JERUSALEM/CAIRO, July 31 (Reuters) - Israel said on Tuesday it had received a letter from Egypt's President Mohamed Mursi indicating he wanted to work for peace in the Middle East, but Mursi's office later denied sending it.
An Israeli official, who asked to remain anonymous, said the denial was to be expected, due to the sensitivity of the issue.
Israeli President Shimon Peres's office said earlier on Tuesday he had received a letter from the Muslim Brotherhood's Mursi, in the first such missive to Israel since Mursi took office at the end of last month.
The letter, distributed by Peres's office, said: I am looking forward to exerting our best efforts to get the Middle East peace process back to its right track in order to achieve security and stability for all peoples of the region, including (the) Israeli people.
Hours later, Mursi's spokesman branded the letter a fake.
The letter that the media reported to have been sent from President Mursi to Israel was fake. President Mursi has not sent anything to Israel, spokesman Yasser Ali told Reuters.
An official from Peres's office said the letter was authentic.
It was received by the Egyptian ambassador and handed over (to Peres's office). The denial was to be expected, given the letter's high publicity in Israeli and Egyptian media, the official said, speaking on condition of anonymity due to the sensitivity of the issue.
Peres's office had distributed a copy of the letter to media, as well as a copy of an Egyptian embassy message sent along with it. The official spoke on condition of anonymity due to the sensitivity of the issue.
The Egyptian embassy in Israel could not be reached for comment.
Last June, an Iranian news agency reported it spoke to Mursi a few hours before the announcement of the election results, but his spokesman then also denied that the interview took place.
A second Israeli official who spoke on condition of anonymity, described Mursi's letter as being one that gave a general message with a positive spirit, but did not indicate any new direction in bilateral relations.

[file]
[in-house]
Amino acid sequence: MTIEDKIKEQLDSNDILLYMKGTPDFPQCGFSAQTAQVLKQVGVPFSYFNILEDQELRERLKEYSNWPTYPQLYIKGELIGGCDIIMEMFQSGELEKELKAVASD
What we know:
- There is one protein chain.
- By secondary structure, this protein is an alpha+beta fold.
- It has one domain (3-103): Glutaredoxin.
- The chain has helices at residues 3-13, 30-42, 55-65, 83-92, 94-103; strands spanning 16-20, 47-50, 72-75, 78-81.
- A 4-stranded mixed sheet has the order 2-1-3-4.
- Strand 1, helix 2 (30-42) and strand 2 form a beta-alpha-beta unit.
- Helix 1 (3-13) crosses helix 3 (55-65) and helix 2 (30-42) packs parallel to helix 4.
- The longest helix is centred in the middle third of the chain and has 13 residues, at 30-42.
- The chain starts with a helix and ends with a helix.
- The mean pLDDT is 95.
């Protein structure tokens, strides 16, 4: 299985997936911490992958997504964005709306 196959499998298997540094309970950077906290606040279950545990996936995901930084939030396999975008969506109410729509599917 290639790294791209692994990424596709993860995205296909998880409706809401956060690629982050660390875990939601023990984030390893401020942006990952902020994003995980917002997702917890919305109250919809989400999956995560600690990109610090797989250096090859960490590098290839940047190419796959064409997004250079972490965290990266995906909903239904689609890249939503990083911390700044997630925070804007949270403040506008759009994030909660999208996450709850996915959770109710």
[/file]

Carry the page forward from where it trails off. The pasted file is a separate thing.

ALARM IN ISRAEL OVER MURSI ELECTION
Politicians in Israel had expressed alarm in private over the election of the Muslim Brotherhood's Mursi in June's presidential vote and fear that over time their country's peace treaty with Egypt could be eroded.
Egypt's ousted President Hosni Mubarak had guaranteed the 1979 peace treaty with Israel for decades.
The Muslim Brotherhood is ideologically hostile to the Jewish state and linked to Hamas Islamists who run the Gaza Strip.
The presidency in Israel is a largely ceremonial post. Nobel peace-prize-winner Peres had sent Mursi two letters, his office said, one congratulating him for winning the vote and a second letter of greetings to mark the Muslim fasting month of Ramadan.
Prime Minister Benjamin Netanyahu had also sent Mursi a letter congratulating him on his electoral victory. He has not yet received a reply.
The Middle East peace process has stalled, with U.S.-brokered negotiations between Israel and the Palestinians breaking down in 2010, with no prospects of any swift resumption of talks. (Reporting and writing by Maayan Lubell in Jerusalem and Yasmine Saleh in Cairo, editing by Michael Roddy)